Until at least the early twentieth century in northwestern Europe and North America (and long after that elsewhere), a large majority of the world’s population was rural, yet these people were mainly visible to historians through the eyes of outsiders (in documents representing the views of government officials, the upper classes, travel writers, critics, and religious institutions, for example). This view contributed to a powerful (and tenacious) stereotype that rural worlds were simple and homogeneous, populated by undifferentiated stock characters from central historical casting (a timeless tradition-bound peasantry, a virtuous yeomanry, hardy pioneers). In an effort to get beyond such understandings, some historians began seeking perspectives from within, rather than outside, rural society, drawing on hitherto little-used sources and reading familiar documents from new angles. The result has been to reveal the variety and complexity of rural worlds and to bring the agency of rural people to the fore.
A leading figure in these new approaches in Canada, Ruth Sandwell is very well qualified to synthesize rural experience in Canada for a series that aims to present “the main themes and interpretations” to non-specialists. This is no small subject, as it involves some 80 per cent of the Canadian population in 1870 and about 50 per cent in 1940. One example of the complexity is that virtually all of Canada’s Indigenous peoples lived in rural contexts at the start of the period, and most still did 70 years later. Another is that rural society encompassed more people than the “farmers, hunters, gardeners, fishers, miners, loggers, and cannery workers” on whom the book concentrates (quotation from the book jacket). Even without considering all the others (for example, blacksmiths, carpenters, tanners, millers, teachers, village bank managers, insurance agents, equipment dealers, railway station agents, feed and seed dealers, clergy, doctors, innkeepers), the diversity of experience of the targeted groups was enormous.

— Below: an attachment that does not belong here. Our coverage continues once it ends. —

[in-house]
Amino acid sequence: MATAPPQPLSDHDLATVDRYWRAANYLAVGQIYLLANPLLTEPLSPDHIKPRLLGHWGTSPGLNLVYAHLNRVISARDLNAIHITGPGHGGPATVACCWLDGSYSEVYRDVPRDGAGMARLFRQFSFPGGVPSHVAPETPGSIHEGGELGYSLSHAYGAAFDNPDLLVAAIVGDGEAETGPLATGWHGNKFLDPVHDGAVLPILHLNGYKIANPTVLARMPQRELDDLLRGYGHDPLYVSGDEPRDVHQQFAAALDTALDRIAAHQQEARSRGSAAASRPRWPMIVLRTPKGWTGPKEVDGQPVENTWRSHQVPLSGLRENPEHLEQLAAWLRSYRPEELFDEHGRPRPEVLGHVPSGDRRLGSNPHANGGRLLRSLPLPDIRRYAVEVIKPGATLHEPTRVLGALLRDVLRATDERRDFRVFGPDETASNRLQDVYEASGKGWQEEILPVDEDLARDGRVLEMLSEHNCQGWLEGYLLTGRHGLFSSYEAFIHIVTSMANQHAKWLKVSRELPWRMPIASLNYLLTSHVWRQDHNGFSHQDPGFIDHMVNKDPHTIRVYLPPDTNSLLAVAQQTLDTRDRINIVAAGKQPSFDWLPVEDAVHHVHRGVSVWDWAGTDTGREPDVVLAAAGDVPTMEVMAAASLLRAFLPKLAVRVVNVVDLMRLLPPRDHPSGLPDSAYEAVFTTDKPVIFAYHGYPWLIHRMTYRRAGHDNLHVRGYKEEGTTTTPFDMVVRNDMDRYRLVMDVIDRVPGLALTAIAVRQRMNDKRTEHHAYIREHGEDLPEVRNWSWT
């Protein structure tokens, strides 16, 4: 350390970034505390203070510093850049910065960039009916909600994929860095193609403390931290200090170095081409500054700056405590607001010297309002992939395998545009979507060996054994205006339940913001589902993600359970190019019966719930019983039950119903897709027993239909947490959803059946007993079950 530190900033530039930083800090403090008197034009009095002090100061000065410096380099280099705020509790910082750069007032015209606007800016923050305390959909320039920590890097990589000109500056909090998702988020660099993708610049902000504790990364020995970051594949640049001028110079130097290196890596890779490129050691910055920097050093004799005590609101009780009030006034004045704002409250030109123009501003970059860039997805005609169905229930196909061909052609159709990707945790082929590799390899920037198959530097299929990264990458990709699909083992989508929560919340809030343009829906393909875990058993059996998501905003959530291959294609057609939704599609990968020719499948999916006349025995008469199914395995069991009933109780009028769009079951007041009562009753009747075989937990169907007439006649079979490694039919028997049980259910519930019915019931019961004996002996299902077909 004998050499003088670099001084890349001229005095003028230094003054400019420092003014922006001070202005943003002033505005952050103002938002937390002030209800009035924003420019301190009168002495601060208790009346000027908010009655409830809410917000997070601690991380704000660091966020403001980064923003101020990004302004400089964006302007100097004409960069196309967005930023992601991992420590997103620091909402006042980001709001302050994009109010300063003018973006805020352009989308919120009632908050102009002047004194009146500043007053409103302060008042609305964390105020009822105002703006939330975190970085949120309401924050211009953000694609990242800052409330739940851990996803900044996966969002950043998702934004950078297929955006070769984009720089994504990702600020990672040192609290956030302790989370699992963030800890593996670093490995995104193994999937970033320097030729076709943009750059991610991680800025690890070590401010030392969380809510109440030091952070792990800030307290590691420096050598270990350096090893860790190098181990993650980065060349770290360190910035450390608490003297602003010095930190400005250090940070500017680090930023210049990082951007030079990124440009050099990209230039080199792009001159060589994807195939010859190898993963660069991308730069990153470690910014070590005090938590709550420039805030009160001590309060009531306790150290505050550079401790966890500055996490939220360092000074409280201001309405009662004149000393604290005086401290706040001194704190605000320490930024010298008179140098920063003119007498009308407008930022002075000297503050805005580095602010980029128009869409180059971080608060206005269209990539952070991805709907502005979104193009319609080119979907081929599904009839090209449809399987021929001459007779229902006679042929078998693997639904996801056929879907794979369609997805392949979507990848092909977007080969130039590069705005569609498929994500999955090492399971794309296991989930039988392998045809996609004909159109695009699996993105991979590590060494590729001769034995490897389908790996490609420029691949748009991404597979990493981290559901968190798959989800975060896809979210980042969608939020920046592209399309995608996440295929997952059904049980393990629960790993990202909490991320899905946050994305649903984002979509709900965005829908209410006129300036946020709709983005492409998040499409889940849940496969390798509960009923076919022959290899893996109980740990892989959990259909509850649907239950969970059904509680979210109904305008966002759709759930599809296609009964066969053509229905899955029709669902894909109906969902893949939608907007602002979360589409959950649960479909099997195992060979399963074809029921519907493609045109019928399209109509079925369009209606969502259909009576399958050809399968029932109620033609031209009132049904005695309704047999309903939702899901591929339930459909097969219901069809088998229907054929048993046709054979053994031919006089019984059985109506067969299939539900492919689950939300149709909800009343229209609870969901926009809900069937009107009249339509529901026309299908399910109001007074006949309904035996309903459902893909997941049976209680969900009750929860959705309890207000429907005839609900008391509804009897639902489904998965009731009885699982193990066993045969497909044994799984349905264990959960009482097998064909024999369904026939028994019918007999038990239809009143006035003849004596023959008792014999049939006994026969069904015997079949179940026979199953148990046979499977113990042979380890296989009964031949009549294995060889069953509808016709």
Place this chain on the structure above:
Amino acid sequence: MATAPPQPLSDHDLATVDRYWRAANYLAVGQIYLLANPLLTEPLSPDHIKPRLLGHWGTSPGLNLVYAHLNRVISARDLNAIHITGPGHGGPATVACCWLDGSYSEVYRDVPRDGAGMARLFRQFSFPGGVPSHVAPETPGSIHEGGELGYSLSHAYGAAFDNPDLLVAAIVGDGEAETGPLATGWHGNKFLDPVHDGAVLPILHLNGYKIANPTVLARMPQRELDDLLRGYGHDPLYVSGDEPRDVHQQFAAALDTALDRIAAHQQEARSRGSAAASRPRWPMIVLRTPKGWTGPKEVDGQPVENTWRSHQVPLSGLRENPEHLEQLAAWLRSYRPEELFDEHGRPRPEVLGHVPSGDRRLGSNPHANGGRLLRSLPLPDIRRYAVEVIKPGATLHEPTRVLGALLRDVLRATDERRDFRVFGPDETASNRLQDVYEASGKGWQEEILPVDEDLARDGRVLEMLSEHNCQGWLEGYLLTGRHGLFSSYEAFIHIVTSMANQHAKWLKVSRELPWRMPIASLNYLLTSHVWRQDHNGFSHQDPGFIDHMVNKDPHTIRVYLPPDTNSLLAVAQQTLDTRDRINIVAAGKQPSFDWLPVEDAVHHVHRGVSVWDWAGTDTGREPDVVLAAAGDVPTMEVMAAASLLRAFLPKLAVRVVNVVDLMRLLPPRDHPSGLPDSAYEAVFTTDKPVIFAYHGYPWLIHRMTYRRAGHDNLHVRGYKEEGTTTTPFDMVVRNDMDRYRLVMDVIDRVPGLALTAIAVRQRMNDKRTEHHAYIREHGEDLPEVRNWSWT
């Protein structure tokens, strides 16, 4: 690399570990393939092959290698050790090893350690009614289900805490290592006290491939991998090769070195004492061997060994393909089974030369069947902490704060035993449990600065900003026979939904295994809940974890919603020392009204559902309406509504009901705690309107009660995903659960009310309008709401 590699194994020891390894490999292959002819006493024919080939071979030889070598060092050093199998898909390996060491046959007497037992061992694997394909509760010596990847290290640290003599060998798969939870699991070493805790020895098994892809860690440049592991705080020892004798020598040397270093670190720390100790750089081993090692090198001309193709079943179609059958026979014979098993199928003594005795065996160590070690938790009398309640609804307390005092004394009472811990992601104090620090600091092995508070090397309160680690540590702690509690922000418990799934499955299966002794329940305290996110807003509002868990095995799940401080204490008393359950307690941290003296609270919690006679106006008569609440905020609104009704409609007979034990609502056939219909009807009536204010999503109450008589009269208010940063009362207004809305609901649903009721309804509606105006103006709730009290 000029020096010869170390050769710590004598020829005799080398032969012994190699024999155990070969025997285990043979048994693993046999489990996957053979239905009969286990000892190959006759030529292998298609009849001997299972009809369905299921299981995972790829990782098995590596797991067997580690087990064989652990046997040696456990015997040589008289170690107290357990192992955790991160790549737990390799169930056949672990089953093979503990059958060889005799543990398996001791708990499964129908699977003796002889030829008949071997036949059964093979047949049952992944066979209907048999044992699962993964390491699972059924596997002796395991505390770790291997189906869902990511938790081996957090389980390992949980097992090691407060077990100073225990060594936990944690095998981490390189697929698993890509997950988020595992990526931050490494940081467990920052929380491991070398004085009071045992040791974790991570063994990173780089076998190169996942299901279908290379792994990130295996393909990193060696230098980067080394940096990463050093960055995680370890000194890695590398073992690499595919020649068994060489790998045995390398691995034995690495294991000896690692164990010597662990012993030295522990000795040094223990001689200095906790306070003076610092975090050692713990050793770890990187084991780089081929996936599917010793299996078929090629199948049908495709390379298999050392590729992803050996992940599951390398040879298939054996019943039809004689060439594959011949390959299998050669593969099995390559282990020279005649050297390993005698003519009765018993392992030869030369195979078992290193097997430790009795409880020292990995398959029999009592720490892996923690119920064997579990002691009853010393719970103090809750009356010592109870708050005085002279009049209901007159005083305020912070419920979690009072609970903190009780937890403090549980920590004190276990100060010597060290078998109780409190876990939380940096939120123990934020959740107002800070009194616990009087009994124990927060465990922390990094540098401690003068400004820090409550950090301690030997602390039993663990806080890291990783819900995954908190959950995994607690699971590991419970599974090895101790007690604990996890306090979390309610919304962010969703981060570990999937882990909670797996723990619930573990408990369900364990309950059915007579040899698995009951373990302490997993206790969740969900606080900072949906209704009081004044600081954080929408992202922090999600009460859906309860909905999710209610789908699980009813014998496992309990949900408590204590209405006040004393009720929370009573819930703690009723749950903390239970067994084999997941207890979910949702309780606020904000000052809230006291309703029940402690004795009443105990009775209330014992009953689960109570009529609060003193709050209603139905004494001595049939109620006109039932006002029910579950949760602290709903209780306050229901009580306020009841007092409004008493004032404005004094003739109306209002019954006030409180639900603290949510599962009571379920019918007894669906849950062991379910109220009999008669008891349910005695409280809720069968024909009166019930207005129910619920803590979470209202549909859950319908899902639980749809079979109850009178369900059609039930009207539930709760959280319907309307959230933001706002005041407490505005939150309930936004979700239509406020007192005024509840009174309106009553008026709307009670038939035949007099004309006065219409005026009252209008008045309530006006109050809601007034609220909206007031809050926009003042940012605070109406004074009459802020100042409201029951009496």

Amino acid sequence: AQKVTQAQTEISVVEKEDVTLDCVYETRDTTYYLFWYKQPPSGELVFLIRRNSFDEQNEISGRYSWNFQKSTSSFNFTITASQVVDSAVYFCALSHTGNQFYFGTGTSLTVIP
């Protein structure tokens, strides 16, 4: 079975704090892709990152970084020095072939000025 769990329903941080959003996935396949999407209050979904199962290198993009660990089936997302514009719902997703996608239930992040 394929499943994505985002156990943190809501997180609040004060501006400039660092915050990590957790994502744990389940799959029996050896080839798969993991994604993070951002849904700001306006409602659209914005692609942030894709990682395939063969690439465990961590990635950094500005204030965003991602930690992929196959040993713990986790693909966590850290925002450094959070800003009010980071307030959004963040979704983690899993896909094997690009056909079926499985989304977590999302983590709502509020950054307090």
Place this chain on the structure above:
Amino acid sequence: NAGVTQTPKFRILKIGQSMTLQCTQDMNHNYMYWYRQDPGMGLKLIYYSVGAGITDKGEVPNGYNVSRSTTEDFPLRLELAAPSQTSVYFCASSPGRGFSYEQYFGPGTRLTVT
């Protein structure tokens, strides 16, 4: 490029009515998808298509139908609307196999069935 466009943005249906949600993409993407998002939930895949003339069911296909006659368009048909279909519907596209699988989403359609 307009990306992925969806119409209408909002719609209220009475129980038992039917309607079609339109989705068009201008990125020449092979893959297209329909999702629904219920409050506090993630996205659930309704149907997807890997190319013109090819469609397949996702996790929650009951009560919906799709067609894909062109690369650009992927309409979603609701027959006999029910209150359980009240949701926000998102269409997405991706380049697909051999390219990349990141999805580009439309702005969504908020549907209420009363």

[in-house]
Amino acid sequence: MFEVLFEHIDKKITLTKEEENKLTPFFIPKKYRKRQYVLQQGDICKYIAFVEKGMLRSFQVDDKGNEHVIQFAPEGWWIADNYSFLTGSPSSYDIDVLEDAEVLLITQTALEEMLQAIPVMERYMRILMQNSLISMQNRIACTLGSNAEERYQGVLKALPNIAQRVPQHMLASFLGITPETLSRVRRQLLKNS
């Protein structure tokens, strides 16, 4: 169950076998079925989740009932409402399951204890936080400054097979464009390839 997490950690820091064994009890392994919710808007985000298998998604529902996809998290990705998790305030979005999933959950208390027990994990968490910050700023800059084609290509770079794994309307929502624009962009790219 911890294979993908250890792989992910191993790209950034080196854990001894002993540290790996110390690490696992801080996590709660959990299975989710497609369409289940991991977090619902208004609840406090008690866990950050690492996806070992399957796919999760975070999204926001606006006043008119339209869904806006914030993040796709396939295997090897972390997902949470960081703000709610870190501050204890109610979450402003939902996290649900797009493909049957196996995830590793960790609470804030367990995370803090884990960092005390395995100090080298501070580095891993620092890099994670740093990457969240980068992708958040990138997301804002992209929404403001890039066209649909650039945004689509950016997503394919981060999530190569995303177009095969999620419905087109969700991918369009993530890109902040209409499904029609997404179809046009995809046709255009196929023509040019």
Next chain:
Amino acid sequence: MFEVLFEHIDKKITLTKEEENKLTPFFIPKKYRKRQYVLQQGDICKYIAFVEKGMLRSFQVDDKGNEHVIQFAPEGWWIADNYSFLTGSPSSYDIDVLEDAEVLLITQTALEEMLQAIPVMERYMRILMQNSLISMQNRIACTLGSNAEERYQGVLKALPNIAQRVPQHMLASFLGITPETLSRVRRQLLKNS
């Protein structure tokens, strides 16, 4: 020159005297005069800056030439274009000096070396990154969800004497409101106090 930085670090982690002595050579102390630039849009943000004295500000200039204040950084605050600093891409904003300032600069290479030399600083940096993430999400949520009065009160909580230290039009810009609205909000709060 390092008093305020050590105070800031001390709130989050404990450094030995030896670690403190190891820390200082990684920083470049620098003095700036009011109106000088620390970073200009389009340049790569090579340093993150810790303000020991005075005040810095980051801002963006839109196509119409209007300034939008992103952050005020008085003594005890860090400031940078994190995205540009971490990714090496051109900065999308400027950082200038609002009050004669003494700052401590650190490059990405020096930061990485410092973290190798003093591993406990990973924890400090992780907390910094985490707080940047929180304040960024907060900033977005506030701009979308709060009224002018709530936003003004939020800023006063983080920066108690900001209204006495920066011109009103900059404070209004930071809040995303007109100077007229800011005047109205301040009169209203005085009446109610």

After acknowledging that “rural life in Canada… varied dramatically from one place to another” and noting the “dramatic changes” that marked her period (p. 7), Sandwell makes a reasonable decision to focus primarily on “commonalities and continuities” (p. 9). Thus she stresses the importance and implications of working mainly outdoors, the hard physicality of that work (for men, women, and children), and the household basis of the rural economy (when men worked away seasonally, as many did, family was commonly the reason for doing such work). Secondly, the skills, knowledge, and adaptability of rural people are fundamental to understanding them; calling them “traditional,” for example, misses their readiness to change as circumstances warranted. Thirdly, she emphasizes three economic pillars by which most rural households sustained themselves: self-provisioning (producing for their own consumption), producing for sale in the market, and working away from the farm or household for wages. As long as all three were available, there was a basis for independence, and that in turn helps to explain why many rural families persisted in conditions that seemed, to outsiders at least, to offer a lower standard of living than could be obtained elsewhere. [End Page 217]
Central to the entire work is Sandwell’s deep engagement with environmental history. She organizes her discussion by region, beginning on the Canadian Shield. Subsequent chapters address the St. Lawrence lowlands, the Prairies, the mountains, and finally the coasts (an especially ambitious chapter). Discussions of the physical settings frame an account of the economy that could be built in each, followed by careful accounts of the implications for daily and seasonal living. Although overlapping themes are given their main treatment in the chapter in which each is particularly central, this approach cannot avoid a good deal of repetition. All regions experienced many elements of the main narrative, including technological change, the growth of larger capitalist enterprises, and the booms and busts of the international trade cycle; as well, there were many similarities among regions at the household level of organization and production.
Sandwell’s sympathy for her subjects is evident throughout, as she seeks to understand their decisions and strategies. To tell their story...